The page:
The consolidated energy statistics table (25-10-0079-01) presents monthly data on primary and secondary energy by fuel type (crude oil, natural gas, electricity, coal, etc.) in terajoules and supply and demand characteristics (production, exports, imports, etc.) for Canada. The table uses data from a variety of survey and administrative sources. Estimates are available starting with the January 2020 reference month. For more information, please consult the Consolidated Energy Statistics Table: User Guide.

The survey programs which support the "Energy statistics" release include:

  • Crude oil and natural gas (survey number 2198; tables 25-10-0036-01, 25-10-0055-01 and 25-10-0063-01). Data from January to November 2022 have been revised.
  • Energy transportation and storage (survey number 5300, tables 25-10-0075-01 and 25-10-0077-01).
  • Natural gas transmission, storage and distribution (survey numbers 2149, 5210 and 5215; tables 25-10-0057-01, 25-10-0058-01 and 25-10-0059-01). Data from January to November 2022 have been revised.
  • Refined petroleum products (survey number 2150, table 25-10-0081-01).
  • Renewable fuel plant statistics (survey number 5294, table 25-10-0082-01). National estimates of renewable fuel plant statistics are presented by supply and disposition characteristics (production, shipments, inventories, etc.).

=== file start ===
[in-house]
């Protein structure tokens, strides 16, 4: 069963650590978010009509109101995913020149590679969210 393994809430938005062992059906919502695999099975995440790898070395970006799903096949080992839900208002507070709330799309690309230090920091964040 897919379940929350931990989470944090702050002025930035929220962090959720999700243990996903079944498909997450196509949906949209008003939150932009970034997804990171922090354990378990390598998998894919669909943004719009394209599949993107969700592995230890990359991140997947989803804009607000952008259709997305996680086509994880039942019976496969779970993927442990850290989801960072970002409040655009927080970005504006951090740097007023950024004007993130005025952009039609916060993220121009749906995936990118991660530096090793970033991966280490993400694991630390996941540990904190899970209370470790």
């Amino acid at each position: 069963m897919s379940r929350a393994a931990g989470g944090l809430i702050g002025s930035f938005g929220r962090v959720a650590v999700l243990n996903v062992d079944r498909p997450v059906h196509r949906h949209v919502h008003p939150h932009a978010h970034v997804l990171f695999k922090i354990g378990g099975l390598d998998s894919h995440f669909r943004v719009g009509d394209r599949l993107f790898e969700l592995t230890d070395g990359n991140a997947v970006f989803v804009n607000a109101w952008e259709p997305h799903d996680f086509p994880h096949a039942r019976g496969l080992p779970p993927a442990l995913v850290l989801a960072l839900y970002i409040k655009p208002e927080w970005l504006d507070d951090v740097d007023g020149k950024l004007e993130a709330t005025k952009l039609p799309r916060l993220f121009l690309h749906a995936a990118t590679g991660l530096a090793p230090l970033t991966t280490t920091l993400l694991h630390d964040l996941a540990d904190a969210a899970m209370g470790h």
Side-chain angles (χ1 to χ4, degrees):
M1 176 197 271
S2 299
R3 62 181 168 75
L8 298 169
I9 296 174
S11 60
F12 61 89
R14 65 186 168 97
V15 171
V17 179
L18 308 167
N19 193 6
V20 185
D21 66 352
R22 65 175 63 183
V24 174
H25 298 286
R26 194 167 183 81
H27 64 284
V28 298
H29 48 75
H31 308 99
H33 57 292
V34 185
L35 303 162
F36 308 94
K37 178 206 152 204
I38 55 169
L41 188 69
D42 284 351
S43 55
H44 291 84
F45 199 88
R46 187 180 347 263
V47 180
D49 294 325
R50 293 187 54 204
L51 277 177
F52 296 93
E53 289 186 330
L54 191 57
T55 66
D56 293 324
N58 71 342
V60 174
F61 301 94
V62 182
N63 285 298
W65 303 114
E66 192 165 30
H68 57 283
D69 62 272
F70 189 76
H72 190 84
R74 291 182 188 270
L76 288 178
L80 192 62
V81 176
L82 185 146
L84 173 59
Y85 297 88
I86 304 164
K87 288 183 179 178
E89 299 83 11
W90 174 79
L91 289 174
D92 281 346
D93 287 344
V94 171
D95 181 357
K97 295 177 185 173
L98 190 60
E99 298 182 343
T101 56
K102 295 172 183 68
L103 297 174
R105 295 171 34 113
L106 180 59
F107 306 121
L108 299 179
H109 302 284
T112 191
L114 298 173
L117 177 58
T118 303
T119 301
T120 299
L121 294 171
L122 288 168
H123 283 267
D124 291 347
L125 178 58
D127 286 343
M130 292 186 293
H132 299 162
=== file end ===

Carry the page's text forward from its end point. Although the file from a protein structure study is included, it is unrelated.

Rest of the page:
• Electric power statistics (survey number 2151, tables 25-10-0015-01 and 25-10-0016-01). Data for October and November 2022 have been revised.
  • Coal and coke statistics (survey numbers 2147 and 2003, tables 25-10-0045-01 and 25-10-0046-01). Data for November 2022 have been revised.

Data are subject to revisions. Energy data and other supporting data used in the text are revised on an ongoing basis for each month of the current year to reflect new information provided by respondents and updates to administrative data. Historical revisions are also performed periodically.

Definitions, data sources and methods for each survey program are available under the respective survey number.

The Energy Statistics Program uses respondent and administrative data.

Data in this release are not seasonally adjusted.

Data from Environment and Climate Change Canada referenced by the Energy Statistics Program uses Heating Degree Days (HDDs) as a measure of temperature. HDDs reflect the relationship between outdoor temperatures and the need to heat indoors to maintain room temperature. As temperatures outside fall, the number of HDDs increases.

Contact information

For more information, or to enquire about the concepts, methods or data quality of this release, contact us (toll-free 1-800-263-1136; 514-283-8300; infostats@statcan.gc.ca) or Media Relations (statcan.mediahotline-ligneinfomedias.statcan@statcan.gc.ca).